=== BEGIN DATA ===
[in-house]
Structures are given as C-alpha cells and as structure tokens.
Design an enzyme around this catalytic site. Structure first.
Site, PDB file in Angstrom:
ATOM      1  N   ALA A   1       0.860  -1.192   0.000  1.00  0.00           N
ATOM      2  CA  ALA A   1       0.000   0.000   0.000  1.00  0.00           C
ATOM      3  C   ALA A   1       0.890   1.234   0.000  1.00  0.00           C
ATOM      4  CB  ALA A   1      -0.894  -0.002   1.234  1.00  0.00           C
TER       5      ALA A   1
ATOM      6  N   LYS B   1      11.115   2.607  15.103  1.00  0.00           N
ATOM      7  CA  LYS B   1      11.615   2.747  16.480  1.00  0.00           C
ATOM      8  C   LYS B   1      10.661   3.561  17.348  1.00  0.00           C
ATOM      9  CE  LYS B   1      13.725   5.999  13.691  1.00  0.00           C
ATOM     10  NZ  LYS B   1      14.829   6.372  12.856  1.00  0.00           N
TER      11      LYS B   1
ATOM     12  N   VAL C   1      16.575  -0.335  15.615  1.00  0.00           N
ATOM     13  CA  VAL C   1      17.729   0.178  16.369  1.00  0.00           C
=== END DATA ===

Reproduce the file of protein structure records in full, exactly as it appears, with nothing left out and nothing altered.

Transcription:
[in-house]
Structures are given as C-alpha cells and as structure tokens.
Design an enzyme around this catalytic site. Structure first.
Site, PDB file in Angstrom:
ATOM      1  N   ALA A   1       0.860  -1.192   0.000  1.00  0.00           N
ATOM      2  CA  ALA A   1       0.000   0.000   0.000  1.00  0.00           C
ATOM      3  C   ALA A   1       0.890   1.234   0.000  1.00  0.00           C
ATOM      4  CB  ALA A   1      -0.894  -0.002   1.234  1.00  0.00           C
TER       5      ALA A   1
ATOM      6  N   LYS B   1      11.115   2.607  15.103  1.00  0.00           N
ATOM      7  CA  LYS B   1      11.615   2.747  16.480  1.00  0.00           C
ATOM      8  C   LYS B   1      10.661   3.561  17.348  1.00  0.00           C
ATOM      9  CE  LYS B   1      13.725   5.999  13.691  1.00  0.00           C
ATOM     10  NZ  LYS B   1      14.829   6.372  12.856  1.00  0.00           N
TER      11      LYS B   1
ATOM     12  N   VAL C   1      16.575  -0.335  15.615  1.00  0.00           N
ATOM     13  CA  VAL C   1      17.729   0.178  16.369  1.00  0.00           C